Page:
First time exhibiting at a major trade show? There is SO much to learn yet SO little help. I am going to touch the surface now and dig in a little later...
First, I recommend reading Paula Barsky's Book, "How to Start a Creative Manufacturing Business." There is loads of good info there.
Then, I would say, look big (always have the front you are big time) but on the tightest budget possible.
~Go for taught pipe and drape made with wooden poles and great fabric rather than walls.
~Buy carpet squares that can be used repeatedly rather than rent the carpet there.
~Don't be afraid of shipping your booth... There are many companies who do this just for the shows. FedEx Freight is pretty competitive too.
~Don't use a professional photographer to take pics. WASTE - OF - MONEY. My digital point and click took just as great shots of my booth as the professional.
Large catalog companies and retailers are great to have as customers so don't slight the little guys at all. They are better customers. They don't ask for major discounts. They don't require terms. They don't ask you to ship a gazillion different samples... overnight. And they don't (typically) cancel orders that leave you with tons on inventory. So, don't think they are that great. Treat the little guys as if they are your one and only.
Be wary of some of the Marts... they don't mind ripping off the little guy. They may want to work with you, it is possible. But lots of them have designers/manufacturers they work with who can create a 79% different product than yours and mass retail it. Why work with a new partner that may not bend over like their existing one?!?!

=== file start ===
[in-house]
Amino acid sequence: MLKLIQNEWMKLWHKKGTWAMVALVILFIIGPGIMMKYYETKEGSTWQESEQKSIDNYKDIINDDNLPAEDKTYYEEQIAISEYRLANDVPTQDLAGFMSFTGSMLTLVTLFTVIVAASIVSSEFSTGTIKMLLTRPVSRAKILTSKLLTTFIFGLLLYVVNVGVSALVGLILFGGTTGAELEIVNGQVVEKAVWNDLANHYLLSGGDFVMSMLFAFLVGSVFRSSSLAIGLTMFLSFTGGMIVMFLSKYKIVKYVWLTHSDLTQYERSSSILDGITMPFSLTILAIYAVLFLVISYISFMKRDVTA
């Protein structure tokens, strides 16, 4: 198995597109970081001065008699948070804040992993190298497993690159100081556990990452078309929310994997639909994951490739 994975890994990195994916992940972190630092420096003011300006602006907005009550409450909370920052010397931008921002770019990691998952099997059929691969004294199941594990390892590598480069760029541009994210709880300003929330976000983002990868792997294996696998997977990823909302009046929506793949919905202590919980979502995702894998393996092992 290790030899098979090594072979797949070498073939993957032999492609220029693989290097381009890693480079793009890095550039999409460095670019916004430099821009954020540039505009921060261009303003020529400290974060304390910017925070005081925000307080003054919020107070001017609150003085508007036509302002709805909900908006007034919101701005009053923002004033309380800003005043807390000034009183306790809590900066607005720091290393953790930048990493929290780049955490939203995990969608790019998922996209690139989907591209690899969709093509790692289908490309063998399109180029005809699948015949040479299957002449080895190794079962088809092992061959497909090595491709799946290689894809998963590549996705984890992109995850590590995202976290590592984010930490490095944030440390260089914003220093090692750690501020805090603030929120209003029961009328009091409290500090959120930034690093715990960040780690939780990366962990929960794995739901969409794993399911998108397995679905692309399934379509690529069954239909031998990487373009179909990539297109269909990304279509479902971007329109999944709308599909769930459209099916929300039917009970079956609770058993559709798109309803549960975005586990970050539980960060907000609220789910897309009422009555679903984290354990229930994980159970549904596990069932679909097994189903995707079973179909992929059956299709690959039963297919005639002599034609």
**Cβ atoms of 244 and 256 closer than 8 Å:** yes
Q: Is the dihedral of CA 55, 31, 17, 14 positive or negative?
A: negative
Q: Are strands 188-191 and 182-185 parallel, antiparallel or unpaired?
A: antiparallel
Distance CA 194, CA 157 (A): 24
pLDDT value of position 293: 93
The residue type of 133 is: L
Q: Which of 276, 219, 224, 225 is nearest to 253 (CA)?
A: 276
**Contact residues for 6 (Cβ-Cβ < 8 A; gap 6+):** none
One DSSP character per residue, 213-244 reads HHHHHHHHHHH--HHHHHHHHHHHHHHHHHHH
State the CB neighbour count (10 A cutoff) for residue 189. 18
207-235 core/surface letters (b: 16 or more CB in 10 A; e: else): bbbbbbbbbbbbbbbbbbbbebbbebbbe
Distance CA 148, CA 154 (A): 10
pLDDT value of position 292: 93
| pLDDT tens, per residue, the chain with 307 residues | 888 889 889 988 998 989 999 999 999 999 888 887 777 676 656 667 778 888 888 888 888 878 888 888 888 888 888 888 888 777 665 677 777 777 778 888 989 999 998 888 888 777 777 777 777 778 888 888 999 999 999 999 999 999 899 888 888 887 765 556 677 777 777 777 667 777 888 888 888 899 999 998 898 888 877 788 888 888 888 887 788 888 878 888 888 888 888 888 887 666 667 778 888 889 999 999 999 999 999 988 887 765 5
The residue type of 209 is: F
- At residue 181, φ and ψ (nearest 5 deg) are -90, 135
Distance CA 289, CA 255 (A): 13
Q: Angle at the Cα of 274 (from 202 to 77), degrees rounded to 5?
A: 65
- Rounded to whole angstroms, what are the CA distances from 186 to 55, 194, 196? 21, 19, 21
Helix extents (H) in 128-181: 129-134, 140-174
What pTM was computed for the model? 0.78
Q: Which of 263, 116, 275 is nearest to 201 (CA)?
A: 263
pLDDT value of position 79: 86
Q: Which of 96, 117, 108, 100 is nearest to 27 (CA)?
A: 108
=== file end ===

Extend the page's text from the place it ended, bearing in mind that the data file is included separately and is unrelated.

Manufacturing Reps can turn your business into a REAL one. Court them. Seek them out. I wouldn't do the "MFG REPS WANTED" sign, but it must be successful bc many do that. There is no better place than trade shows to build a network. This is the best marketing for your money... cause its on a portion of SALES. Not in hopes to get sales like ads, mailers, etc. Keep in mind, they like a percentage of the sale. So if you are selling a book for $20 retail, it would be $10 wholesale and with the average of 20-25% margin for these reps, you would get $7.50 - $8 per book. So, price accordingly. See my post on pricing.
Know that 98% of the very interested people will walk away and not order later. They are busy, they lose your brochure, they forget... no matter the reason, TRY TO GET THE ORDERS WHEN YOU HAVE THEIR UNDIVIDED ATTENTION. Come up with mantras or sayings that work to get them to buy on the spot. Maybe throw in free shipping. This worked for me a few times. Maybe no minimum first order. And it is always good to offer this on the reorder as well. But if you do this, bundle your products. Like 4 books per order. Buyers like to hear no min order. This way, you get the order and the foot in the door to sell more and start the relationship.
Don't go buying a ton of brochures. Print them yourself. Buy InDesign or Illustrator (Creative Suite) and design a nice looking take-away. Print them yourself or take them to a commercial printer... just don't get sucked into buying too much. For a show that has 14,000 attendees, you may only need a few hundred. YOU DON'T NEED 2000 like I bought on my first show! If you come close to running out, go to Kinko's. Trust me on this one...
And take a friend who is a natural sales person. Prep them before the show... just in case you freeze like I did for the first 3 hours.
Trade Show Etiquette: Pamela covers this well. (It is surprising how many people don't know the etiquette of shows.) Make friends with the companies around you. They will be valuable for brainstorming and advice.
This is such an exiting time. I look back at my first show very fondly. Yes, there are many things I would do differently or more of. But you won't know what it is until you do it. And you are 95% of the way by just doing it. Congratulations!